Author ned.deily
Recipients Todd.Rovito, asvetlov, docs@python, eric.araujo, georg.brandl, ned.deily, roger.serwy, terry.reedy, zach.ware
Date 2013-04-01.10:50:34
SpamBayes Score -1.0
Marked as misclassified Yes
Message-id <>
Zach, thanks for addressing most of the comments. The Makefile does now work as intended and more information is retained in the help.txt.

But I'm still troubled by the plaintext rendering, particularly of the inline code markup.  With the `` marks from the reStructuredText directives appearing in the help.txt, the help file as displayed is, IMO, more cluttered and, more importantly, more confusing.  Using `` to delimit displayed plaintext in lieu of more sophisticated text styling is unconventional at best.  I think changing the help file to include such marks would be a step backward.  But that's just one of the more obvious drawbacks of trying to use a plaintext format for help.

Ironically, the Tk text widget is perfectly capable of rendering richer text styles.  But, AFAIK, there hasn't been a use case up to now to support some sort of rich text format (be it rtf or html or rst directly) from a file in IDLE.  My initial thought was to suggest adding some sort of Tk-friendly Sphinx/Docutils builder.  That might be more generally useful but that will probably take a fair amount of work to define and implement.  Then it struck me that having an html-format help file would be able to represent all the existing Sphinx styles and, with the doc changes in the patch, we already have an html file that contains all the help text!  So rather than trying to sync the help file with the IDLE doc in the library, why not just display the library IDLE doc in a browser window?  IDLE already has a menu item and code to launch a web browser for the whole Python documentation set.  It would be easy to adapt that to change the IDLE help menu item to launch a web browser window with the IDLE page and get rid of help.txt.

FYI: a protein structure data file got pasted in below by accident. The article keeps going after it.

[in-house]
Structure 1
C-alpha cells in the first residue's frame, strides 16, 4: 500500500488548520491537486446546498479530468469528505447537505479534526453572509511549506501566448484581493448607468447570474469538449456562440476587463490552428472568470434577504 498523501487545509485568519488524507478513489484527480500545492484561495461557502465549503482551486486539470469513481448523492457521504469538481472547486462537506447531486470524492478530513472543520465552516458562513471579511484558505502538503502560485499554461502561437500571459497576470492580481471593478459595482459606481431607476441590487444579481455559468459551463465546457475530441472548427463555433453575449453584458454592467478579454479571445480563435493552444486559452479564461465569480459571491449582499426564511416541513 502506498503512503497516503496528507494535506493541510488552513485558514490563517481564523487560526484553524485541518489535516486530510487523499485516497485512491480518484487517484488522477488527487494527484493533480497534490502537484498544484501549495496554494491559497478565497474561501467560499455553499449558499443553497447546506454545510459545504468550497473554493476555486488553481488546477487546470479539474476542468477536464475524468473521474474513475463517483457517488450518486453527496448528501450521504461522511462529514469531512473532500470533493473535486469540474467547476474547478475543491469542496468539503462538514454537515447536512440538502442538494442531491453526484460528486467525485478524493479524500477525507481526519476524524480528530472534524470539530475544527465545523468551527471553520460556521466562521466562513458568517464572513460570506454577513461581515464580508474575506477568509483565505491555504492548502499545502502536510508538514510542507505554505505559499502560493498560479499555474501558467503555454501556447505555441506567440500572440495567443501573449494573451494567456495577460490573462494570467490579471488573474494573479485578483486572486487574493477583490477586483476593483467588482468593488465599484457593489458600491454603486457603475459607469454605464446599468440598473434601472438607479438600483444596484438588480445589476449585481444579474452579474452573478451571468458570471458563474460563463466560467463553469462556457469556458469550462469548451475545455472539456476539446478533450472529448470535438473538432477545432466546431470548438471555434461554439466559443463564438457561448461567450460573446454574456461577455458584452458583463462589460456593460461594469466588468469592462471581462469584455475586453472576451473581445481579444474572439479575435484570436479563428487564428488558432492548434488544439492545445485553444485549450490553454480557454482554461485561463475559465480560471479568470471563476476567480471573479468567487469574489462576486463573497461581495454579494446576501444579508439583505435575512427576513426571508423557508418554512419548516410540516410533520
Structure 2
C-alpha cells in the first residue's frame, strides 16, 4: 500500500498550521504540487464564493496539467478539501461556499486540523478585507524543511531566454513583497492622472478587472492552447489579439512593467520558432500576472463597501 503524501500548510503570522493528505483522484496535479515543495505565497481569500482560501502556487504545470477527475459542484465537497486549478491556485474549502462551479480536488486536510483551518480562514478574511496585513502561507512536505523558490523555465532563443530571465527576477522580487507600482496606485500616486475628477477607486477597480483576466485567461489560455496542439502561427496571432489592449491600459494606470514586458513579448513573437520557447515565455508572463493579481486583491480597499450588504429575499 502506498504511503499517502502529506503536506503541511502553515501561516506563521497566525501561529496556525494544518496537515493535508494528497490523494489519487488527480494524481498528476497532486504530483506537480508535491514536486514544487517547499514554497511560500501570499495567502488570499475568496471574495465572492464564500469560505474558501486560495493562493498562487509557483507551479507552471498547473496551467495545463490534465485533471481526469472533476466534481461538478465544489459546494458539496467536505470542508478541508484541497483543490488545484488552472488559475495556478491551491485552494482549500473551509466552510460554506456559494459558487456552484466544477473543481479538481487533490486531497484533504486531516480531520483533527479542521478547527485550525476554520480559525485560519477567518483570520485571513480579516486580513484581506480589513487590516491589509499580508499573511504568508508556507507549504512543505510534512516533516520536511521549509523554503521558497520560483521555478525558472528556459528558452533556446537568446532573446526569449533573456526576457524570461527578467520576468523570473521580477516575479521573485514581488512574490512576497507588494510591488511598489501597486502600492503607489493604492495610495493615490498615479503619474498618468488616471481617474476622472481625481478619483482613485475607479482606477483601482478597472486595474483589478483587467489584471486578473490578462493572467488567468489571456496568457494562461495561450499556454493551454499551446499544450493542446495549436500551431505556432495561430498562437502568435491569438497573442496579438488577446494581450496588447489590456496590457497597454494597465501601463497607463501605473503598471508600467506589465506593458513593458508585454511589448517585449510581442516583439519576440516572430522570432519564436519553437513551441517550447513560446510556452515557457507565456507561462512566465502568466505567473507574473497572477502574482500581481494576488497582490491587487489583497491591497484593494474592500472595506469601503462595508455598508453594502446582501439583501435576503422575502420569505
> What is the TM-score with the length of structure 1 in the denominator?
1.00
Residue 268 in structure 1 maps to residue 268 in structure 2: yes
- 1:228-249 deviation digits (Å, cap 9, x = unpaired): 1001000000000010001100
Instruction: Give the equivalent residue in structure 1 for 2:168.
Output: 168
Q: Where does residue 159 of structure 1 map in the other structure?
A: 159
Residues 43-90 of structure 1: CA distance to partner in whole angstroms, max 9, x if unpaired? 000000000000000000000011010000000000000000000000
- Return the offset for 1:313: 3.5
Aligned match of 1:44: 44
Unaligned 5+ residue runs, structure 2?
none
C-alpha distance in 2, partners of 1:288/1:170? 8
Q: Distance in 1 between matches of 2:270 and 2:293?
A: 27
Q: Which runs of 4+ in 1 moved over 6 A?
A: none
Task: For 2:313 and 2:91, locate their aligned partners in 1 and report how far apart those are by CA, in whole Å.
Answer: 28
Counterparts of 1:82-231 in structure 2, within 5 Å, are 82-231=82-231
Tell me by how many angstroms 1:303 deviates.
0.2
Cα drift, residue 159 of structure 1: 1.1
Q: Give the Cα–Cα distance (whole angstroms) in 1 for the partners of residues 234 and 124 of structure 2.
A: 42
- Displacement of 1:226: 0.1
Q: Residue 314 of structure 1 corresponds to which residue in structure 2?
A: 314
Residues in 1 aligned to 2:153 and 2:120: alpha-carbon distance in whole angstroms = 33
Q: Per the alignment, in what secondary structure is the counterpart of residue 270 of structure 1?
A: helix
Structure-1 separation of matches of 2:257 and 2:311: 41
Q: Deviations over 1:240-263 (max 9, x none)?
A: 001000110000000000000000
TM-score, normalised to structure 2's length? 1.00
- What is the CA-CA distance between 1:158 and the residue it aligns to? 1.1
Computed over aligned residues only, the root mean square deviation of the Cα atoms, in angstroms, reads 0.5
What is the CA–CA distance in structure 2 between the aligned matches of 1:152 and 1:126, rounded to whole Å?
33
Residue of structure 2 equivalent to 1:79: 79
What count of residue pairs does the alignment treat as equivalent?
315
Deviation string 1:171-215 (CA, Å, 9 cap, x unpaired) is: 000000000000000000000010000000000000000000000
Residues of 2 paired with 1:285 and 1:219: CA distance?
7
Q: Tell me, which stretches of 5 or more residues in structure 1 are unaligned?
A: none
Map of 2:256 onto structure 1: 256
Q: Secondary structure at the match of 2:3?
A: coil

There are a few issues that would need to be resolved.  The binary installers and most Unix-y distributions can optionally install local copies of the Python doc set to eliminate the need for network access to  There is platform-specific code in EditorWindow.__init__ to search locally for the doc files, falling back to if a local copy is not found.  The simplest approach would be to do the same for IDLE help, however that would have the drawback of there being no help available if the local copy had not been installed and there was no internet access.  Of course, that is the case today for the Python documentation.  If that is not acceptable for the help text, the docs build process could make a copy of a version of the library/idle.html into idlelib or, less desirable, the proposed plain text file could be the fallback.  Also, on Windows, AFAIK, the doc set is usually installed as a chm file which normally opens to the top-level index page in the help viewer.  A question is how to open directly to the IDLE page.  By inspection in the help viewer on Windows 7, it seems that a web call to a URL that appends '::/library/idle.html' to the existing pythonxxx.chm URL will open a browser window to the right page.  But there may be a better way to do that.

From the user's perspective, ISTM that having the help in the rich format possible with the existing doc html would be a huge advantage over what can be provided with any plain text format.  Comments?
Date User Action Args
2013-04-01 10:50:36ned.deilysetrecipients: + ned.deily, georg.brandl, terry.reedy, roger.serwy, eric.araujo, asvetlov, docs@python, Todd.Rovito, zach.ware
2013-04-01 10:50:36ned.deilysetmessageid: <>
2013-04-01 10:50:36ned.deilylinkissue16893 messages
2013-04-01 10:50:34ned.deilycreate